"As of Tuesday, 306 children under age 12 were killed by guns and another 668 were injured nationwide. For those ages 12-17, 1,328 were killed and 3,734 were injured," the Common Dreams pointed out.
One of the victims is Justin Powell, a 16-year-old boy who loved basketball and music but unfortunately died in a shootout at an apartment complex in Atlanta, Georgia, earlier this month. "I can't live without my baby," his mother, Natasha Hinton, said while trying to hold back tears. "I don't know what to do."
"A week before Christmas, families should be preparing to celebrate," Atlanta Mayor Andre Dickens said in a statement. "Instead, we have parents in Atlanta doing what no parent should ever have to do: laying their children to rest."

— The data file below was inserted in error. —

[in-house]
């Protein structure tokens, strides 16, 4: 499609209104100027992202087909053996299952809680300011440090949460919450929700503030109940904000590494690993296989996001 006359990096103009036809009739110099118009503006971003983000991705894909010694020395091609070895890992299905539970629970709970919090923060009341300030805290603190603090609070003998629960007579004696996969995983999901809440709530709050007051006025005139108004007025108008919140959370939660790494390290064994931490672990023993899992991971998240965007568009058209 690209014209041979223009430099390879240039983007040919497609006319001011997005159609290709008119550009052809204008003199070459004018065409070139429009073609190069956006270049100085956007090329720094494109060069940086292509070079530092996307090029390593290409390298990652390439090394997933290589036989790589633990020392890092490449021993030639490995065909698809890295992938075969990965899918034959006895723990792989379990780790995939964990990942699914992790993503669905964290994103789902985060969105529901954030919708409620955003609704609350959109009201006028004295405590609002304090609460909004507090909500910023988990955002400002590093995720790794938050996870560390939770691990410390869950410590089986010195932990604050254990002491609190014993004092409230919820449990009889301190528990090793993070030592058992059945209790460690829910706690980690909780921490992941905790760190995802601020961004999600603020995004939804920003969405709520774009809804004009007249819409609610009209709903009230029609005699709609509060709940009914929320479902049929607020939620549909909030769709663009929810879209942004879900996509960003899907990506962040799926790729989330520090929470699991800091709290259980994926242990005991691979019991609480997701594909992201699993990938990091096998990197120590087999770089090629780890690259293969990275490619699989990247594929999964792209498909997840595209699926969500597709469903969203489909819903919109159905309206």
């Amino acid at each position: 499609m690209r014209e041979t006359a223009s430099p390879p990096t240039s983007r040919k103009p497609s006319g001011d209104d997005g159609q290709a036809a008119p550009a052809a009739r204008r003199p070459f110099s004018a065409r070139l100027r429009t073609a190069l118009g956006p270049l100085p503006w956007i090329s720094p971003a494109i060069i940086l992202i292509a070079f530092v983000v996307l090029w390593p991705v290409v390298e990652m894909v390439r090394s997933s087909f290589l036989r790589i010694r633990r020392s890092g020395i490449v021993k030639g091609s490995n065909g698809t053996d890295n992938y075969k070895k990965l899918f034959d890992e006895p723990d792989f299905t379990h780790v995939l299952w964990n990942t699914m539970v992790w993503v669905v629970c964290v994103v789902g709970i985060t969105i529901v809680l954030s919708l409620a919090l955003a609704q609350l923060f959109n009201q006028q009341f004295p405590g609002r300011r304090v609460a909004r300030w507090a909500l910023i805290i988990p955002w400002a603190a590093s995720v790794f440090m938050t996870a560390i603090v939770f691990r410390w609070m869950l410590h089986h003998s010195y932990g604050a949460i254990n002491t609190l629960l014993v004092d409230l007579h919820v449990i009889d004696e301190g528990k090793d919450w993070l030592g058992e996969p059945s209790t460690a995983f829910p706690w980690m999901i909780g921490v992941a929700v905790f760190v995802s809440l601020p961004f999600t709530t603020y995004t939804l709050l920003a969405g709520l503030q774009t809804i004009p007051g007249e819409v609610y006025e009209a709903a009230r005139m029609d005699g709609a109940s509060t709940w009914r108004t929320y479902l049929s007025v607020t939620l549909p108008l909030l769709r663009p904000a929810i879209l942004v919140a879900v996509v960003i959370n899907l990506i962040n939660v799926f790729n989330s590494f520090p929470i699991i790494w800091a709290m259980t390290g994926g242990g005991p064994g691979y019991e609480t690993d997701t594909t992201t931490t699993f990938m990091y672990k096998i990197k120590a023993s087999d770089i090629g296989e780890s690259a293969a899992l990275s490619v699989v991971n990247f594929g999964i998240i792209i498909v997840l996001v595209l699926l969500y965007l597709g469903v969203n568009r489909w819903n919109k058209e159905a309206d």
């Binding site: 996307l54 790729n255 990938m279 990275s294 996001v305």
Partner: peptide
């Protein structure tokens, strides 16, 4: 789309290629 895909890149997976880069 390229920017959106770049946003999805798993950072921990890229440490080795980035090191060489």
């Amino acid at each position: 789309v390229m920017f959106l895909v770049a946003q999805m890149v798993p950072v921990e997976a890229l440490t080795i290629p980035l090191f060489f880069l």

This summer, a gunman broke into an elementary school in Uvalde, Texas, killing 19 students and two teachers with an AR-15-style rifle in the second-deadliest school shooting in U.S. history.
Faith Mata, a 21-year-old college student, lost her little sister Tess in the massacre. "Our life has changed forever," she said during a hearing on Capitol Hill this month. "It has darkened because our light has left."
"Tess will never get to experience the life we had prayed she would live, she will never graduate high school, never fall in love herself, never be present at my wedding," Mata continued. "We will never know how scared she was in her last moments in that classroom."
In the wake of the Uvalde shooting, Biden signed into law what has been described as a gun safety bill before the end of June but critics and gun control advocates have argued the measure is far from enough to diminish America's gun violence.
President Joe Biden has recently renewed a call to ban assault weapons and high-capacity magazines in the United States. However, it is unlikely for such a proposal to be approved by Congress with Republicans taking control of the House for the next term and advocating for the Second Amendment right to keep and bear arms.